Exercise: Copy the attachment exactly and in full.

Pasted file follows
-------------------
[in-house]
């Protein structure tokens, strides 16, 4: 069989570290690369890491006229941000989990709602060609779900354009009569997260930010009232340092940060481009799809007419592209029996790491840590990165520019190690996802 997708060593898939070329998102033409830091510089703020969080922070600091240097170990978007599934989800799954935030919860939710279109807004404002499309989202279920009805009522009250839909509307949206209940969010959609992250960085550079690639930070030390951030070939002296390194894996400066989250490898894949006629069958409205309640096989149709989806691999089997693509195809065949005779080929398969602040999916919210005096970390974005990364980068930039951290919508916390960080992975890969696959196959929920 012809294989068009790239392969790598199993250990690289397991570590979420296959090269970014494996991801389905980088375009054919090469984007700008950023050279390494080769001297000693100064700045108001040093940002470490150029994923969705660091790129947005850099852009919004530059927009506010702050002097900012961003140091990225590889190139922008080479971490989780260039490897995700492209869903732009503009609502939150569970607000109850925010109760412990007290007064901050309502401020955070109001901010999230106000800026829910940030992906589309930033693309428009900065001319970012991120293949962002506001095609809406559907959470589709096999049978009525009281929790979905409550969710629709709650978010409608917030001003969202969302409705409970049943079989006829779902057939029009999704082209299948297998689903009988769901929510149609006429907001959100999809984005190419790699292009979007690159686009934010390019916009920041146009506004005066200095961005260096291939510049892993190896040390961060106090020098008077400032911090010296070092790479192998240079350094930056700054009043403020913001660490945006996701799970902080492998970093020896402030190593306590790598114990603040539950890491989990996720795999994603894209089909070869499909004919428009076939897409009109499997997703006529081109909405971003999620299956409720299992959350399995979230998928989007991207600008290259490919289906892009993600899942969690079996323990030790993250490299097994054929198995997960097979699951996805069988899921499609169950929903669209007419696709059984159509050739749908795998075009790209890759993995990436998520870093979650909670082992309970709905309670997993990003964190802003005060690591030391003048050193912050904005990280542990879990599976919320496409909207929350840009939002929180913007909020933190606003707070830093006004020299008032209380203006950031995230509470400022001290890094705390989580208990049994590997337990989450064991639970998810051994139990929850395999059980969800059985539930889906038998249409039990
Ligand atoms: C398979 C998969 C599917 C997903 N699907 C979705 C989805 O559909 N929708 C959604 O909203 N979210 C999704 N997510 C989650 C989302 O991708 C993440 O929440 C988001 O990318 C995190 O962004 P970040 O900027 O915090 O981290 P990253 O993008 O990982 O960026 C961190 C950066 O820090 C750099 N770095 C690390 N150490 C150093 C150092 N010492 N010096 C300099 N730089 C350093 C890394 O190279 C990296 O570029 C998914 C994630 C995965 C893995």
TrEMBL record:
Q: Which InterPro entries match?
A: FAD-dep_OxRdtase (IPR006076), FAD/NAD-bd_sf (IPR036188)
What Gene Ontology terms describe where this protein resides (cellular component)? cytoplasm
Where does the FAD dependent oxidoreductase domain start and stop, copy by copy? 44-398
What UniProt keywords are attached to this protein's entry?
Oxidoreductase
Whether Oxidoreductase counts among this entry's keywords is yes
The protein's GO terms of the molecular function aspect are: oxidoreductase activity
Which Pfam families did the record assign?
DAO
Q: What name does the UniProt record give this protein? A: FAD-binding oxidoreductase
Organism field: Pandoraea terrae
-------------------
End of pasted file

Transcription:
[in-house]
């Protein structure tokens, strides 16, 4: 069989570290690369890491006229941000989990709602060609779900354009009569997260930010009232340092940060481009799809007419592209029996790491840590990165520019190690996802 997708060593898939070329998102033409830091510089703020969080922070600091240097170990978007599934989800799954935030919860939710279109807004404002499309989202279920009805009522009250839909509307949206209940969010959609992250960085550079690639930070030390951030070939002296390194894996400066989250490898894949006629069958409205309640096989149709989806691999089997693509195809065949005779080929398969602040999916919210005096970390974005990364980068930039951290919508916390960080992975890969696959196959929920 012809294989068009790239392969790598199993250990690289397991570590979420296959090269970014494996991801389905980088375009054919090469984007700008950023050279390494080769001297000693100064700045108001040093940002470490150029994923969705660091790129947005850099852009919004530059927009506010702050002097900012961003140091990225590889190139922008080479971490989780260039490897995700492209869903732009503009609502939150569970607000109850925010109760412990007290007064901050309502401020955070109001901010999230106000800026829910940030992906589309930033693309428009900065001319970012991120293949962002506001095609809406559907959470589709096999049978009525009281929790979905409550969710629709709650978010409608917030001003969202969302409705409970049943079989006829779902057939029009999704082209299948297998689903009988769901929510149609006429907001959100999809984005190419790699292009979007690159686009934010390019916009920041146009506004005066200095961005260096291939510049892993190896040390961060106090020098008077400032911090010296070092790479192998240079350094930056700054009043403020913001660490945006996701799970902080492998970093020896402030190593306590790598114990603040539950890491989990996720795999994603894209089909070869499909004919428009076939897409009109499997997703006529081109909405971003999620299956409720299992959350399995979230998928989007991207600008290259490919289906892009993600899942969690079996323990030790993250490299097994054929198995997960097979699951996805069988899921499609169950929903669209007419696709059984159509050739749908795998075009790209890759993995990436998520870093979650909670082992309970709905309670997993990003964190802003005060690591030391003048050193912050904005990280542990879990599976919320496409909207929350840009939002929180913007909020933190606003707070830093006004020299008032209380203006950031995230509470400022001290890094705390989580208990049994590997337990989450064991639970998810051994139990929850395999059980969800059985539930889906038998249409039990
Ligand atoms: C398979 C998969 C599917 C997903 N699907 C979705 C989805 O559909 N929708 C959604 O909203 N979210 C999704 N997510 C989650 C989302 O991708 C993440 O929440 C988001 O990318 C995190 O962004 P970040 O900027 O915090 O981290 P990253 O993008 O990982 O960026 C961190 C950066 O820090 C750099 N770095 C690390 N150490 C150093 C150092 N010492 N010096 C300099 N730089 C350093 C890394 O190279 C990296 O570029 C998914 C994630 C995965 C893995």
TrEMBL record:
Q: Which InterPro entries match?
A: FAD-dep_OxRdtase (IPR006076), FAD/NAD-bd_sf (IPR036188)
What Gene Ontology terms describe where this protein resides (cellular component)? cytoplasm
Where does the FAD dependent oxidoreductase domain start and stop, copy by copy? 44-398
What UniProt keywords are attached to this protein's entry?
Oxidoreductase
Whether Oxidoreductase counts among this entry's keywords is yes
The protein's GO terms of the molecular function aspect are: oxidoreductase activity
Which Pfam families did the record assign?
DAO
Q: What name does the UniProt record give this protein? A: FAD-binding oxidoreductase
Organism field: Pandoraea terrae